Peru President Dissolves Congress as Opposition Cries Foul
(Bloomberg) -- President Martin Vizcarra dissolved Peru’s opposition-controlled Congress and called a parliamentary election in a bid to end the political gridlock over his plans to stamp out corruption in the Andean country.
The move was generally well received by a population tired of graft scandals gripping the political class, with Congress being among the country’s most discredited institutions. Yet lawmakers called it a “coup,” suspended the president and swore in Vice President Mercedes Araoz as the new leader. Crucially, the heads of Peru’s armed forces and the police pledged their support for Vizcarra.
The looming constitutional crisis could further weigh on an economy that’s suffering from political uncertainty and trade tensions, with analysts recently cutting growth forecasts for this year and next. Local markets at least for now seemed able to weather the crisis -- government bonds dropped in price but still paid one of the lowest yields among Latin American peers.
While Latin America is rife with past experiences of leaders clinging on to power and shutting down legislatures, Vizcarra had been pushing for the exact opposite. As his proposals to fight corruption in the political and judiciary systems made no progress in Congress, he then suggested early presidential and parliamentary elections for 2020, saying he wanted to give the country a fresh start.
Vote of Confidence
As lawmakers didn’t support that idea either, Vizcarra made a bold move, calling a vote of confidence on his cabinet. Peru’s constitution entitles the president to dissolve the unicameral Congress if lawmakers vote against two cabinets. In September 2017, then cabinet chief Fernando Zavala lost a confidence vote.
But lawmakers postponed his request for a confidence vote and instead proceeded with the election of justices to the country’s top court -- in a process that Vizcarra had denounced as lacking legitimacy and transparency.
The decision to elect the first of six new justices Monday was a defacto rejection of the cabinet’s confidence motion, Vizcarra said in a televised address, adding that he was using his constitutional right to dissolve Congress. He called the measure a “democratic solution” to Peru’s political gridlock.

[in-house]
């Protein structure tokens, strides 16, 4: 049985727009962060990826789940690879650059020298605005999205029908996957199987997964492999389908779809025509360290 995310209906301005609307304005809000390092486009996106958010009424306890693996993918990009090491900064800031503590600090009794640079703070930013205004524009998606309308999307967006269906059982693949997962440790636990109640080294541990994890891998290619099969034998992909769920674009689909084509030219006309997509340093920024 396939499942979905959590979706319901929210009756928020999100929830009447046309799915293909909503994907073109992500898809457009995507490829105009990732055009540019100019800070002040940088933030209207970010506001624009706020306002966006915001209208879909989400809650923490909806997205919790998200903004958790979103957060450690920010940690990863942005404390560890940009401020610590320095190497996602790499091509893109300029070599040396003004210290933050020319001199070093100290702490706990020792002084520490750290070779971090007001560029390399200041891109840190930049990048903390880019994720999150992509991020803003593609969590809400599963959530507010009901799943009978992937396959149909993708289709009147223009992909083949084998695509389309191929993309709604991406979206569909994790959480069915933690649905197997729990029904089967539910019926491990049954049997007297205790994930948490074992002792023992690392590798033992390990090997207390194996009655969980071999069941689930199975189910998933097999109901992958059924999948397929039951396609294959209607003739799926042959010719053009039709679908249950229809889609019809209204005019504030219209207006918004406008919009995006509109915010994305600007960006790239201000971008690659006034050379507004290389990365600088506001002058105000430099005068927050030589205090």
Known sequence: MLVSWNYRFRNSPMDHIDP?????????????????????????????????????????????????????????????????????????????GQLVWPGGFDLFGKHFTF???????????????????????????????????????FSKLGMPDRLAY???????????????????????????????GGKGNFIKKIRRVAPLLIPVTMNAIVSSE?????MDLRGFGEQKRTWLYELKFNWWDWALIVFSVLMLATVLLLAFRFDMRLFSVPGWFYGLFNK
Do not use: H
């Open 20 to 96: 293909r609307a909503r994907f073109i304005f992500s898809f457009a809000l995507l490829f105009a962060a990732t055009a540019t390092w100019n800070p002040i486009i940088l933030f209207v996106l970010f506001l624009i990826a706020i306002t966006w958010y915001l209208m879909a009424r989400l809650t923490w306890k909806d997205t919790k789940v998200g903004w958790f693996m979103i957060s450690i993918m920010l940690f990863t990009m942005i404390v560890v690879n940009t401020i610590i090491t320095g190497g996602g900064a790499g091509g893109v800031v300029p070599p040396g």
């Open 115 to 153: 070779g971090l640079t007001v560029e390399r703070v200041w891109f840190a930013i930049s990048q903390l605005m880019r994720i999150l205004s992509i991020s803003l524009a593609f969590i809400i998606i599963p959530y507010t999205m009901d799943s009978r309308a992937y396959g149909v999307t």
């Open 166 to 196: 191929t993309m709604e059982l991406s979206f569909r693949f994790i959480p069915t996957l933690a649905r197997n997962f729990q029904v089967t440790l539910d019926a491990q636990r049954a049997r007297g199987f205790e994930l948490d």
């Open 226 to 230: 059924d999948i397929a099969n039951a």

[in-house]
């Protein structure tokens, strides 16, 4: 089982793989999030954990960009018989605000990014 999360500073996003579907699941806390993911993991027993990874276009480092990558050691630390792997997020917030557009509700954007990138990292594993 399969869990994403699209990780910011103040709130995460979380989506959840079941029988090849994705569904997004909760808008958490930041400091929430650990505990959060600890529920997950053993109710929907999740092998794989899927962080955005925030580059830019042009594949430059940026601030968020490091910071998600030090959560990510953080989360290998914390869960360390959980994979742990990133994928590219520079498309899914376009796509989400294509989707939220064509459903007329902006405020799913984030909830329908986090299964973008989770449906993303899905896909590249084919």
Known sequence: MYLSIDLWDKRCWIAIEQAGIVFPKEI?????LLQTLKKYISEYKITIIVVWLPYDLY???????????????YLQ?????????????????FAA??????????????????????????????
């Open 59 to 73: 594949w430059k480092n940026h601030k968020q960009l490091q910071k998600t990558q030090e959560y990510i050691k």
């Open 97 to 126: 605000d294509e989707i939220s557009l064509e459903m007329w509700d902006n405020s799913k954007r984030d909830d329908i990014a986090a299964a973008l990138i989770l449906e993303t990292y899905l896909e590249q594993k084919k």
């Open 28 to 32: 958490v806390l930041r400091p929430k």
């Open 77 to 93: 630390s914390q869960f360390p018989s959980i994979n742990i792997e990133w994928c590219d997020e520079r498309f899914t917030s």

Police officers surrounded Congress on Tuesday, while nearby a crowd of people jeered lawmakers seeking entry to the building. Only members of 27-strong standing committee were allowed in by police.
Karina Beteta, one of three vice presidents of Congress, said lawmakers will appeal to the constitutional court and the Organization of American States. “Congress isn’t dissolved because what’s happened is a coup. We were democratically elected at the polls and that has to be respected,” she told reporters.
The OAS secretary general’s office said the constitutional court should make a pronouncement on the legality and legitimacy of the decisions made by the executive and legislative branches. The decision to call parliamentary elections is a “constructive step” that will allow the Peruvian people to have final say, according to a statement on Twitter.
Still fresh in the minds of many Peruvians is Alberto Fujimori’s decision to dissolve Congress in 1992, in what became known as an auto-coup. Back then, the former president assumed all legislative powers and suspended much of the constitution. Lawmakers were arrested and tanks were stationed outside parliament and the headquarters of the judiciary. He was convicted in 2009 for his role in two massacres and remains in jail.
Peru has been gripped by political turmoil since the general election of 2016 when Pedro Pablo Kuczynski scraped through a runoff vote for the presidency while his opponent, Keiko Fujimori, daughter of Peru’s former autocrat, won a majority in Congress. A former vice president, Vizcarra took office roughly 18 months ago when Kuczynski resigned on the eve of an impeachment vote.
Opposition parties have dragged their feet on government reforms designed to stamp out corruption. Championing the corruption fight buoyed Vizcarra’s popularity at a time when many political parties and their leaders are implicated in a continent-wide bribery scandal uncovered by the so-called Carwash probe.
“Congress really deserved this dissolution,” said Carlos Rivera, director of the Legal Defense Institute, a Lima-based rights group. “It’s an irreversible decision politically. It’s an act that should mark the close of one era in our country and open a new, less contaminated one.”
ANDEAN INSIGHT: Prolonged Growth Weakness Raises Regional Risks
The political standoff is unlikely to prevent economic growth from recovering next year, even if it derails fiscal reform or budget plans, Quinn Markwith, an analyst at Capital Economics, wrote in an e-mailed note to clients.
Vizcarra called for a new congress to be elected on Jan. 26, with a standing committee of lawmakers fulfilling legislative duties until the vote.
In a Sept. 25 interview with Bloomberg News, Vizcarra said closing congress was an extreme scenario, and said the best option was for the opposition to back his proposal for an early general election next year, one in which he wouldn’t stand as a candidate. Lawmakers voted down the bill last week.
Vizcarra swore in his former justice minister, Vicente Zeballos, as cabinet chief to replace Salvador del Solar after he lost the confidence vote on Monday. Finance Minister Carlos Oliva and Foreign Minister Nestor Popolizio won’t form part of the new cabinet, according to Gloria Montenegro, a lawmaker who was Vizcarra’s minister for women. The cabinet unanimously backed the president’s decision to dissolve Congress, she told Canal N.
The network broadcast video showing Luis Carranza, a former finance minister who heads the Latin American development bank CAF, entering the government palace.
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